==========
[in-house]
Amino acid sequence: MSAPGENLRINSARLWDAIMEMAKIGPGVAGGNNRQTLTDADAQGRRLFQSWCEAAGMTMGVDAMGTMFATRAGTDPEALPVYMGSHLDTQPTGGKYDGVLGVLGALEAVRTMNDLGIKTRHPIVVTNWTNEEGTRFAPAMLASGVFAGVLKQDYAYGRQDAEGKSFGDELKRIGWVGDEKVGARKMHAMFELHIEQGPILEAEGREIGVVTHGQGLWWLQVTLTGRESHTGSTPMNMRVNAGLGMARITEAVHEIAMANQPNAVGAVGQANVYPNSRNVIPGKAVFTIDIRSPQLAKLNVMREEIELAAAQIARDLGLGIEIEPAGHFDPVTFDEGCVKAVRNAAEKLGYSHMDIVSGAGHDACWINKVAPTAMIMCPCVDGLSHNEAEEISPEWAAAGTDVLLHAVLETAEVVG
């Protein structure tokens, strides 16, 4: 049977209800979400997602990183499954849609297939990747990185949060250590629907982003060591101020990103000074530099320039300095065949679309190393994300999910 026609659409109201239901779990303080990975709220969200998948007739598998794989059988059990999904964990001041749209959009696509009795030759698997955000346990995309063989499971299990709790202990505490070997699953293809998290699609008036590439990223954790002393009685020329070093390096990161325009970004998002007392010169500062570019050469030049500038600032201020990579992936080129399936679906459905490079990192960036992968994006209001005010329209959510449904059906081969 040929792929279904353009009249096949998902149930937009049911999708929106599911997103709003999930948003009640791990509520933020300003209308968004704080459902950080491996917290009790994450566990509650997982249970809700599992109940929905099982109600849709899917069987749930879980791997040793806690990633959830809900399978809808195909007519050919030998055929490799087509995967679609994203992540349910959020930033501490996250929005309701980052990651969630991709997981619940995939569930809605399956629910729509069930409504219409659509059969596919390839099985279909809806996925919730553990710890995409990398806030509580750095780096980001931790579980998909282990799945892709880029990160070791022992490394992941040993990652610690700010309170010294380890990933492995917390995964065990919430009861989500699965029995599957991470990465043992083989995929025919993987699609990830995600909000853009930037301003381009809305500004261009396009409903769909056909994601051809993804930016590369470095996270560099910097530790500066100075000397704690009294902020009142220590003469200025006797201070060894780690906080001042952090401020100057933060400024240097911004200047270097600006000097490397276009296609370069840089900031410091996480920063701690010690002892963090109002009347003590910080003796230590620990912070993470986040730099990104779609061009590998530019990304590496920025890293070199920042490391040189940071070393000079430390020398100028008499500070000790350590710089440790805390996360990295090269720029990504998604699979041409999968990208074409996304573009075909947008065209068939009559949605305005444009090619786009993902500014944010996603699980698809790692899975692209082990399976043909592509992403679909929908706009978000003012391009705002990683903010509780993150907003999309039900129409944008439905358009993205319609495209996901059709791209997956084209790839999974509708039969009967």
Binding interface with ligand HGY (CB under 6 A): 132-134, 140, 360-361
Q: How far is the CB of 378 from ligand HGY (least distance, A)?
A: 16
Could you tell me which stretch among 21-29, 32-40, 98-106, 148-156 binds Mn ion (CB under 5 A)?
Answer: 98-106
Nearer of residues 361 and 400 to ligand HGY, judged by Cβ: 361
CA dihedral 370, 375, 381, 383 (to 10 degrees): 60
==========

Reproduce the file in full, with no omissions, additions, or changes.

[in-house]
Amino acid sequence: MSAPGENLRINSARLWDAIMEMAKIGPGVAGGNNRQTLTDADAQGRRLFQSWCEAAGMTMGVDAMGTMFATRAGTDPEALPVYMGSHLDTQPTGGKYDGVLGVLGALEAVRTMNDLGIKTRHPIVVTNWTNEEGTRFAPAMLASGVFAGVLKQDYAYGRQDAEGKSFGDELKRIGWVGDEKVGARKMHAMFELHIEQGPILEAEGREIGVVTHGQGLWWLQVTLTGRESHTGSTPMNMRVNAGLGMARITEAVHEIAMANQPNAVGAVGQANVYPNSRNVIPGKAVFTIDIRSPQLAKLNVMREEIELAAAQIARDLGLGIEIEPAGHFDPVTFDEGCVKAVRNAAEKLGYSHMDIVSGAGHDACWINKVAPTAMIMCPCVDGLSHNEAEEISPEWAAAGTDVLLHAVLETAEVVG
């Protein structure tokens, strides 16, 4: 049977209800979400997602990183499954849609297939990747990185949060250590629907982003060591101020990103000074530099320039300095065949679309190393994300999910 026609659409109201239901779990303080990975709220969200998948007739598998794989059988059990999904964990001041749209959009696509009795030759698997955000346990995309063989499971299990709790202990505490070997699953293809998290699609008036590439990223954790002393009685020329070093390096990161325009970004998002007392010169500062570019050469030049500038600032201020990579992936080129399936679906459905490079990192960036992968994006209001005010329209959510449904059906081969 040929792929279904353009009249096949998902149930937009049911999708929106599911997103709003999930948003009640791990509520933020300003209308968004704080459902950080491996917290009790994450566990509650997982249970809700599992109940929905099982109600849709899917069987749930879980791997040793806690990633959830809900399978809808195909007519050919030998055929490799087509995967679609994203992540349910959020930033501490996250929005309701980052990651969630991709997981619940995939569930809605399956629910729509069930409504219409659509059969596919390839099985279909809806996925919730553990710890995409990398806030509580750095780096980001931790579980998909282990799945892709880029990160070791022992490394992941040993990652610690700010309170010294380890990933492995917390995964065990919430009861989500699965029995599957991470990465043992083989995929025919993987699609990830995600909000853009930037301003381009809305500004261009396009409903769909056909994601051809993804930016590369470095996270560099910097530790500066100075000397704690009294902020009142220590003469200025006797201070060894780690906080001042952090401020100057933060400024240097911004200047270097600006000097490397276009296609370069840089900031410091996480920063701690010690002892963090109002009347003590910080003796230590620990912070993470986040730099990104779609061009590998530019990304590496920025890293070199920042490391040189940071070393000079430390020398100028008499500070000790350590710089440790805390996360990295090269720029990504998604699979041409999968990208074409996304573009075909947008065209068939009559949605305005444009090619786009993902500014944010996603699980698809790692899975692209082990399976043909592509992403679909929908706009978000003012391009705002990683903010509780993150907003999309039900129409944008439905358009993205319609495209996901059709791209997956084209790839999974509708039969009967």
Binding interface with ligand HGY (CB under 6 A): 132-134, 140, 360-361
Q: How far is the CB of 378 from ligand HGY (least distance, A)?
A: 16
Could you tell me which stretch among 21-29, 32-40, 98-106, 148-156 binds Mn ion (CB under 5 A)?
Answer: 98-106
Nearer of residues 361 and 400 to ligand HGY, judged by Cβ: 361
CA dihedral 370, 375, 381, 383 (to 10 degrees): 60